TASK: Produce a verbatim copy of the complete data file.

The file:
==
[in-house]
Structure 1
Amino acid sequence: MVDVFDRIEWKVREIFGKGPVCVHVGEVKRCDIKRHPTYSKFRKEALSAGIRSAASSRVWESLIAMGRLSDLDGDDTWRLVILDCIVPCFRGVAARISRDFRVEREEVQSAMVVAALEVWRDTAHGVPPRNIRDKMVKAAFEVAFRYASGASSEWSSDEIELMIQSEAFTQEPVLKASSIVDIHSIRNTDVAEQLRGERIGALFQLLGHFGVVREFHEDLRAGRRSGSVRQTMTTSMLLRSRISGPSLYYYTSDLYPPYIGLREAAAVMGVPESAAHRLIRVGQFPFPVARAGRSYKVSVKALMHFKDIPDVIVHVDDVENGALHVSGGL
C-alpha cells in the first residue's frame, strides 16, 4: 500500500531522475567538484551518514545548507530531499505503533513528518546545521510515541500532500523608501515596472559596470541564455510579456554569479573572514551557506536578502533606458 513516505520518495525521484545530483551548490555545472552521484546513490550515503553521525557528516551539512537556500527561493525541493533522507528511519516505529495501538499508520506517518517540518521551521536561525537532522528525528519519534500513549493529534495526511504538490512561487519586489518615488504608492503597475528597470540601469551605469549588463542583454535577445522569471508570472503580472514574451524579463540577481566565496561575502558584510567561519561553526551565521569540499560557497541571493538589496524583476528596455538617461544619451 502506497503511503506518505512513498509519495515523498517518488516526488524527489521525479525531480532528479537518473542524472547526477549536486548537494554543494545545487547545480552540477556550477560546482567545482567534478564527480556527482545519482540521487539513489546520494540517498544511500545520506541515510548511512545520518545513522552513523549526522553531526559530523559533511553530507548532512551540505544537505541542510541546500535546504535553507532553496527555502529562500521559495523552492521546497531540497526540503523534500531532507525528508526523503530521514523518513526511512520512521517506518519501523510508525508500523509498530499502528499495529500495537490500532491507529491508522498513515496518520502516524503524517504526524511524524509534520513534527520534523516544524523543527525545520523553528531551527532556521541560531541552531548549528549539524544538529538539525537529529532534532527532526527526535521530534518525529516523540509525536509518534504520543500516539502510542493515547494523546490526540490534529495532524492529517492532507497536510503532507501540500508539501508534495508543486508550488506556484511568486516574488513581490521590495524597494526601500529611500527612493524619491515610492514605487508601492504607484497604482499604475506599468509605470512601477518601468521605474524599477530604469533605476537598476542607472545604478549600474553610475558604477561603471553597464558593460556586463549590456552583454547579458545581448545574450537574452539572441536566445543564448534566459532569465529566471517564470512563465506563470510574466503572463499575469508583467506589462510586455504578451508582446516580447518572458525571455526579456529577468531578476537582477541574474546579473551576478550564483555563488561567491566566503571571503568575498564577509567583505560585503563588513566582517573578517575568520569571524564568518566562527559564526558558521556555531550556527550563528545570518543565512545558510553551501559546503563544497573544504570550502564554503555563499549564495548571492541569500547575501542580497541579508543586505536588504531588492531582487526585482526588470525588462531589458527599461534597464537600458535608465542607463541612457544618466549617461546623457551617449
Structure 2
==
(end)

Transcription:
[in-house]
Structure 1
Amino acid sequence: MVDVFDRIEWKVREIFGKGPVCVHVGEVKRCDIKRHPTYSKFRKEALSAGIRSAASSRVWESLIAMGRLSDLDGDDTWRLVILDCIVPCFRGVAARISRDFRVEREEVQSAMVVAALEVWRDTAHGVPPRNIRDKMVKAAFEVAFRYASGASSEWSSDEIELMIQSEAFTQEPVLKASSIVDIHSIRNTDVAEQLRGERIGALFQLLGHFGVVREFHEDLRAGRRSGSVRQTMTTSMLLRSRISGPSLYYYTSDLYPPYIGLREAAAVMGVPESAAHRLIRVGQFPFPVARAGRSYKVSVKALMHFKDIPDVIVHVDDVENGALHVSGGL
C-alpha cells in the first residue's frame, strides 16, 4: 500500500531522475567538484551518514545548507530531499505503533513528518546545521510515541500532500523608501515596472559596470541564455510579456554569479573572514551557506536578502533606458 513516505520518495525521484545530483551548490555545472552521484546513490550515503553521525557528516551539512537556500527561493525541493533522507528511519516505529495501538499508520506517518517540518521551521536561525537532522528525528519519534500513549493529534495526511504538490512561487519586489518615488504608492503597475528597470540601469551605469549588463542583454535577445522569471508570472503580472514574451524579463540577481566565496561575502558584510567561519561553526551565521569540499560557497541571493538589496524583476528596455538617461544619451 502506497503511503506518505512513498509519495515523498517518488516526488524527489521525479525531480532528479537518473542524472547526477549536486548537494554543494545545487547545480552540477556550477560546482567545482567534478564527480556527482545519482540521487539513489546520494540517498544511500545520506541515510548511512545520518545513522552513523549526522553531526559530523559533511553530507548532512551540505544537505541542510541546500535546504535553507532553496527555502529562500521559495523552492521546497531540497526540503523534500531532507525528508526523503530521514523518513526511512520512521517506518519501523510508525508500523509498530499502528499495529500495537490500532491507529491508522498513515496518520502516524503524517504526524511524524509534520513534527520534523516544524523543527525545520523553528531551527532556521541560531541552531548549528549539524544538529538539525537529529532534532527532526527526535521530534518525529516523540509525536509518534504520543500516539502510542493515547494523546490526540490534529495532524492529517492532507497536510503532507501540500508539501508534495508543486508550488506556484511568486516574488513581490521590495524597494526601500529611500527612493524619491515610492514605487508601492504607484497604482499604475506599468509605470512601477518601468521605474524599477530604469533605476537598476542607472545604478549600474553610475558604477561603471553597464558593460556586463549590456552583454547579458545581448545574450537574452539572441536566445543564448534566459532569465529566471517564470512563465506563470510574466503572463499575469508583467506589462510586455504578451508582446516580447518572458525571455526579456529577468531578476537582477541574474546579473551576478550564483555563488561567491566566503571571503568575498564577509567583505560585503563588513566582517573578517575568520569571524564568518566562527559564526558558521556555531550556527550563528545570518543565512545558510553551501559546503563544497573544504570550502564554503555563499549564495548571492541569500547575501542580497541579508543586505536588504531588492531582487526585482526588470525588462531589458527599461534597464537600458535608465542607463541612457544618466549617461546623457551617449
Structure 2